Give the officers the ability to turn off the GPS tracking momentarily (undercover mode) and both sides should be happy.
You can read the speech here and also leave your comments on specific sections: http://commentneelie.eu/speech.php?sp=SPEECH/13/498
It was funny to see all the historical mobile operators in France scramble to get similar offers out just based on rumors about what exactly Free will be doing.
Unfortunately, many people still don't understand the value of non-subsidized plans and prefer 1- or 2 year contracts because they get a free phone. Sigh
How would USB be a replacement for GPIO?
GPIO are useful for interfacing with low level components such as switches, LED, LCD etc. Using USB for this would be overkill.
You could also use streaming services instead of downloading. Most of them come with a mobile client that can be used in offline mode.
They do pay their artists fractions of a cent for each song listened to.
To me, this kind of service is clearly the future. It's especially great to discover new music. If you listen to the same 100 tracks all the time, it's probably not cost-effective though.
Some sites I know:
http://www.deezer.com/ (no software necessary, can run in a browser, offline mode with chrome, apps for iPhone and Android)
http://www.spotify.com/ (never used, but they are well established in the market)
iTunes can also do something similar but I don't know their offerings.
The title is obvious as well:
"Dinosaurs on a ship".
This offer sounds very exciting. I really hope that this will help bring prices down.
It's a similar to what one ISP here in France has done some years ago and all competitors had to align their prices dramatically. The same has happened with mobile internet more recently, incidentally again triggered by the same ISP.
Each time the established companies will complain about price dumping and rising unemployment due to low margins, but then they always magically survive.
Google seems to be the perfect company to pull something like this off.
Incidentally, mine was shipped today.
Direct democracy does have its downsides too in Switzerland. For example it's much easier to pass restrictive immigration laws simply by fear mongering.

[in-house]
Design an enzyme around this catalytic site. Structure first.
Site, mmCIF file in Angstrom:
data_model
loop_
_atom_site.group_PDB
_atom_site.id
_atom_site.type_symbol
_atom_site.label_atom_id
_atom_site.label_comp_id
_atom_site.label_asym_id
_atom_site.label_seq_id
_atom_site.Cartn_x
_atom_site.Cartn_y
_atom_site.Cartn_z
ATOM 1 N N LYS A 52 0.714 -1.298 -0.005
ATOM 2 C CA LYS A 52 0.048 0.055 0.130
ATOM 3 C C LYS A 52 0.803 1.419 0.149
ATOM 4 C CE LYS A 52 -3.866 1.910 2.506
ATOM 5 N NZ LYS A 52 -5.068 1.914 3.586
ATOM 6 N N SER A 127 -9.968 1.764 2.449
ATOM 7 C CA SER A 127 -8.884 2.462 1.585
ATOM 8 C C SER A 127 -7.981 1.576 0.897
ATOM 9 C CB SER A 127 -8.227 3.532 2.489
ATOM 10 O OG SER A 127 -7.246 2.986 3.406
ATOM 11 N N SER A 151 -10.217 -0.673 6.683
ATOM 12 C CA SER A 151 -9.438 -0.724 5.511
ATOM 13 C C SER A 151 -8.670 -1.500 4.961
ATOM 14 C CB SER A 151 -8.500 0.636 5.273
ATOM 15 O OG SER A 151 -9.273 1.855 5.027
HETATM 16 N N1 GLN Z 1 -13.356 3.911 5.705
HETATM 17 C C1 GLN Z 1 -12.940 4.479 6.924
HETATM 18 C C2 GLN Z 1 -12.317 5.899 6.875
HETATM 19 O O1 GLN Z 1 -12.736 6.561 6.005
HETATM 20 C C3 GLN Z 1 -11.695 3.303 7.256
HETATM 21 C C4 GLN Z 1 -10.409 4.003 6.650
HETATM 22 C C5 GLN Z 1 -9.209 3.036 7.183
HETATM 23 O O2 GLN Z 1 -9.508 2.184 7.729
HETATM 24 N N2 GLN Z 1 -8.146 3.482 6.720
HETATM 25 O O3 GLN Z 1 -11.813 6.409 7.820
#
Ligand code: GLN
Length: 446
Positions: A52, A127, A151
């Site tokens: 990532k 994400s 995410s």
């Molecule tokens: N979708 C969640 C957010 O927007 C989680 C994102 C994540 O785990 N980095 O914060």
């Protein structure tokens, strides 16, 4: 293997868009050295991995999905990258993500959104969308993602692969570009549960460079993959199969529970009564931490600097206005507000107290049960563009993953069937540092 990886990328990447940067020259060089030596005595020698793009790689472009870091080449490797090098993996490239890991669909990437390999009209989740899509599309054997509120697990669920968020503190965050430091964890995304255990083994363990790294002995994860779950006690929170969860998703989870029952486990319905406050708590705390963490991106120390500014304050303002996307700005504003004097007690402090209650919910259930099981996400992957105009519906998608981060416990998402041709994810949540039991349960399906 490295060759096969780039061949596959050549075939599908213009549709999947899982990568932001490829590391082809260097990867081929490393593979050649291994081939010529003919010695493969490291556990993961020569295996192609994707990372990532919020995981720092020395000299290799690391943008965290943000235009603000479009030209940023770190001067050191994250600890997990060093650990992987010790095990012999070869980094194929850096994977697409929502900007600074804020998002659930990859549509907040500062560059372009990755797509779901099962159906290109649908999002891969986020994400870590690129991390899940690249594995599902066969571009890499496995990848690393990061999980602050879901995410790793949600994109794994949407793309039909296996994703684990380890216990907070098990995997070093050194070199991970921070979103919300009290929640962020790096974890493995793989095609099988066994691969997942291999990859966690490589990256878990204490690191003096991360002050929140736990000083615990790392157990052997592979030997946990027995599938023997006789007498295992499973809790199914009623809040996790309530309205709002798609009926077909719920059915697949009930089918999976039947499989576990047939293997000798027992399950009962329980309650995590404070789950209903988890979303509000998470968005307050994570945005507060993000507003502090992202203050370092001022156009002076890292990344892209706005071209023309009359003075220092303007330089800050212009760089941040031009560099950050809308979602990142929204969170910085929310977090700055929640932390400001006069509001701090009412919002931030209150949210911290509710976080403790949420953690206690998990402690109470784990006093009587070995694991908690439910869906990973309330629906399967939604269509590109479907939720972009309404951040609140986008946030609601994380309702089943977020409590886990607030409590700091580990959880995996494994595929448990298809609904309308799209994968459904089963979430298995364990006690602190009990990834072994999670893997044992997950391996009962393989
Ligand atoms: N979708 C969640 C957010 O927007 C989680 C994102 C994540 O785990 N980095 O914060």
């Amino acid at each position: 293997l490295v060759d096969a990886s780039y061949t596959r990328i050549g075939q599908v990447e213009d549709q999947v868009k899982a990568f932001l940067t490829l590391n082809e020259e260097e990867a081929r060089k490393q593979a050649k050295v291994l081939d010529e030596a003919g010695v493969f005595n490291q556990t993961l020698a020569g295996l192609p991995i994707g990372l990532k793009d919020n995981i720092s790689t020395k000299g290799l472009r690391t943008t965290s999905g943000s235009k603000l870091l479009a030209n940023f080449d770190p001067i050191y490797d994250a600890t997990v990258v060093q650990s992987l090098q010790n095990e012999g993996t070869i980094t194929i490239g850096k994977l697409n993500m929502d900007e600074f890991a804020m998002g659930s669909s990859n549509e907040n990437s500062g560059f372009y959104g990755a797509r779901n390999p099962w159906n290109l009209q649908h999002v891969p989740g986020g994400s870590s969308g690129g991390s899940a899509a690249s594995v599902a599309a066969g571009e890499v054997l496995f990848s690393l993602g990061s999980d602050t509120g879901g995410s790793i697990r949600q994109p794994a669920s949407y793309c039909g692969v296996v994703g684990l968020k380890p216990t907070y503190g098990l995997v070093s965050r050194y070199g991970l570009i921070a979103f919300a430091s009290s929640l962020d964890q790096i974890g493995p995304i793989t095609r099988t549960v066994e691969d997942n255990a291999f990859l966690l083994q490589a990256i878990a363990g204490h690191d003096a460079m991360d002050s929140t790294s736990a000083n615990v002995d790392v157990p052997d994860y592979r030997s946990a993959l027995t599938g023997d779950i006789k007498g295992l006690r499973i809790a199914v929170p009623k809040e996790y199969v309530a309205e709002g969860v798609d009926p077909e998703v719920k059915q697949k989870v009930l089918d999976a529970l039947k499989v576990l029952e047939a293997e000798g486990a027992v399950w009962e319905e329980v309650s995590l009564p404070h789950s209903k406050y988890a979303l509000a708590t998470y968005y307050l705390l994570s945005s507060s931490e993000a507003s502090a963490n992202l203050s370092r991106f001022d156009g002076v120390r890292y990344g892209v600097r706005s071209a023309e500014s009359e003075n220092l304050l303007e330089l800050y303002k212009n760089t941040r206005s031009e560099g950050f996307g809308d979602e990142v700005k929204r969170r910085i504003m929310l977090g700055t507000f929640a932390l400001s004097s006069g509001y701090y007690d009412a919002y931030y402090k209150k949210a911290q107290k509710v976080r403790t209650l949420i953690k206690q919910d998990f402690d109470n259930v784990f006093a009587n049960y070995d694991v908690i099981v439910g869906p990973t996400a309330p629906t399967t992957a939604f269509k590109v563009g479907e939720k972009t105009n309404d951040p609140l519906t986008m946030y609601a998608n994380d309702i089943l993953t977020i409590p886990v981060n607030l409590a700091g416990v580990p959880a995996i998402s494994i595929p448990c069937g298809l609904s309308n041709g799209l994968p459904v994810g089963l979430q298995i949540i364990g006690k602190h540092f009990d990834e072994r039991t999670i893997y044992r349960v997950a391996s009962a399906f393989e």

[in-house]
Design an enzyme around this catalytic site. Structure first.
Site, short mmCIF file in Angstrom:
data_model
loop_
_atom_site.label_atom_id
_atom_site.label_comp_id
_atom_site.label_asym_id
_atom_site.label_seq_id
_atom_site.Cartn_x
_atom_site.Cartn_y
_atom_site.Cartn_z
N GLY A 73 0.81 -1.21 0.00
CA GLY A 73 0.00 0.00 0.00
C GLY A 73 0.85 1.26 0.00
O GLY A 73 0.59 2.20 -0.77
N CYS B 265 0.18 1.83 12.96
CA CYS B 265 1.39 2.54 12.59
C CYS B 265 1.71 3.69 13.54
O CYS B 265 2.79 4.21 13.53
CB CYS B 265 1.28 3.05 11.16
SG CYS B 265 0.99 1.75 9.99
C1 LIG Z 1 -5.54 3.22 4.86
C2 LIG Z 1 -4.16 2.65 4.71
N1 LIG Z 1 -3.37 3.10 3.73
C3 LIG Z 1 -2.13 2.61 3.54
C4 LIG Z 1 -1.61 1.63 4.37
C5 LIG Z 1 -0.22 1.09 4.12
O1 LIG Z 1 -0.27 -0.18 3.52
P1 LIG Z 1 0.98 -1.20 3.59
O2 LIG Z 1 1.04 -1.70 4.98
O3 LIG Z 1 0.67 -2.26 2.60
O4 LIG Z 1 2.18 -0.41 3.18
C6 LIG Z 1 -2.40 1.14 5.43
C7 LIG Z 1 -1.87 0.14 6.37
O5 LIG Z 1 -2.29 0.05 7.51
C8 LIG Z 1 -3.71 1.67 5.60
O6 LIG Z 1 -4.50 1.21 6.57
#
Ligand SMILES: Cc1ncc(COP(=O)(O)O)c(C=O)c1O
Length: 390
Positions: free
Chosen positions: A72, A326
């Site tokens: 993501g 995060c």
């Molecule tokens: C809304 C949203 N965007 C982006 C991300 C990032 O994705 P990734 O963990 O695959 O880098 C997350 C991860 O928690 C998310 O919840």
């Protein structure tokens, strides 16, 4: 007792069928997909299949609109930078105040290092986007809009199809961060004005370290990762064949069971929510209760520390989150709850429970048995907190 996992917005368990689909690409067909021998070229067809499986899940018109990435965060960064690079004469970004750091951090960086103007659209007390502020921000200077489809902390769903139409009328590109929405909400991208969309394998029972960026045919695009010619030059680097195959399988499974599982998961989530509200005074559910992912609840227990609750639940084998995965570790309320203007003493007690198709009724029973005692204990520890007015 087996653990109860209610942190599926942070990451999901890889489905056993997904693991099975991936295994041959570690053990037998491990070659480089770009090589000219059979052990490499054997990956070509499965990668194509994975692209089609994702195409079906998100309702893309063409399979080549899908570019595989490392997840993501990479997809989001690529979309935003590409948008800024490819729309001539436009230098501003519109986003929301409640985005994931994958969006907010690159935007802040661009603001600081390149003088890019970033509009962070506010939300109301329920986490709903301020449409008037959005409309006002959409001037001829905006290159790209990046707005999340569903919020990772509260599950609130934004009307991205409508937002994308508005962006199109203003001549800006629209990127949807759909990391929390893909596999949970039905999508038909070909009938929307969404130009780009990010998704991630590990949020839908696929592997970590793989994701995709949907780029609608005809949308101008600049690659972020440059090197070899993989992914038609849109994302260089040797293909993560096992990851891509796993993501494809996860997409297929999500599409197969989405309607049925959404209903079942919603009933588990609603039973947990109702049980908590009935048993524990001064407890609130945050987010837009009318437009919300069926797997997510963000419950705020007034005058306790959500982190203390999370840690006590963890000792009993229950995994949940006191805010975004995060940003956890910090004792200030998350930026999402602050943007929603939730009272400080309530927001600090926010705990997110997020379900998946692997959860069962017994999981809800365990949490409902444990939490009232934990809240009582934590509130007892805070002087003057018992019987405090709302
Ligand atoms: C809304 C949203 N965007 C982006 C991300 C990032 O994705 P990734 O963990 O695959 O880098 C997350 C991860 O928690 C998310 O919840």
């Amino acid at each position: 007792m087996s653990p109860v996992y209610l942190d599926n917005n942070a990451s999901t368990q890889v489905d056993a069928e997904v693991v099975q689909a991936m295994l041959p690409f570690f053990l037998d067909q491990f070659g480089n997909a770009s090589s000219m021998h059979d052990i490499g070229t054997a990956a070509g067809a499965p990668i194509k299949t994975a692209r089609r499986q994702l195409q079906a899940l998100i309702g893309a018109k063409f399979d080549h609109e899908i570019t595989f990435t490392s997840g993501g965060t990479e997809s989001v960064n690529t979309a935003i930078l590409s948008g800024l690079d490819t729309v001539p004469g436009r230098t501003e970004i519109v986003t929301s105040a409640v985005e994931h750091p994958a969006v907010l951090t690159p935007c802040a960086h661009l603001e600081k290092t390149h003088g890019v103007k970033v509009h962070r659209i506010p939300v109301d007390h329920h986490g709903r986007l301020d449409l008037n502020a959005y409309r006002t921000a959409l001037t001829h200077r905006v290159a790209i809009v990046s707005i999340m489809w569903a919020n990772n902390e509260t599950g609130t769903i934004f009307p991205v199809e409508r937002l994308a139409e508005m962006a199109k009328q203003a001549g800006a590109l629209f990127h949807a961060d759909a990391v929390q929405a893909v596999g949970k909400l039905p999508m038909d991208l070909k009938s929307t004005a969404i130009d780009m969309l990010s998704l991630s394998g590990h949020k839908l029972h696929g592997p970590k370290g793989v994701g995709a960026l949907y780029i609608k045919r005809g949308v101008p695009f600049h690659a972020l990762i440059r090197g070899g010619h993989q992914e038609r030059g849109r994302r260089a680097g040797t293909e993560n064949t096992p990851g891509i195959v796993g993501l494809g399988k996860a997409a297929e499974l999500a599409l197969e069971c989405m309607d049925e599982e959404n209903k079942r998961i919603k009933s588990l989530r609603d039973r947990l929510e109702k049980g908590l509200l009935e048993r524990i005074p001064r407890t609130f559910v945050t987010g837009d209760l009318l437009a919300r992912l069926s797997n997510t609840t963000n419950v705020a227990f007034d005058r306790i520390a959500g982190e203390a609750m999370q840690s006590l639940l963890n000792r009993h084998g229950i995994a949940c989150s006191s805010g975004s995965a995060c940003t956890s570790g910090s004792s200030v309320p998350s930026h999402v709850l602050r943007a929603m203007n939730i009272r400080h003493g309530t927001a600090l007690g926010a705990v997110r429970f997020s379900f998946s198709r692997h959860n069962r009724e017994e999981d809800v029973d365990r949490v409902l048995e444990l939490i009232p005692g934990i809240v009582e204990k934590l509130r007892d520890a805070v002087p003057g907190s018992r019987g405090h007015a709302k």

Other subjects are difficult to comprehend such as financial treaties or international cooperation. That's the reason why Switzerland joined the UN only in 2002.
Finally, there are some discussions that are always getting very emotional and don't allow for an objective evaluation. I'm thinking of preventive custody for sexual crimes for example. It's very easy to convince people to vote for stronger laws in this area because nobody wants to support rapists.
That being said, all in all direct democracy is a good thing and gives citizens a feeling of participation that many non-direct democracies are often lacking.
Who cares if Carbonite goes bankrupt. Just move your files to a different provider if this happens. Remember, it's called backup, so you still have the original files locally.
Another thing that helps is cutting down on the size of the photo collection:
- Keep only the best shot of a specific scene instead of multiple shots
- Delete pictures that are blurry or not interesting. Nobody will want to look at thousands of photos of a single event in the future.
- Think twice before you backup a RAW file. How big are the chances that you are ever going to work on this file again? Just backup the JPEG instead and keep the RAW locally if you want.
I know it's hard to delete photos but I prefer having 200 nice photos of a vacation instead of 1000 so-so ones that will bore people to death.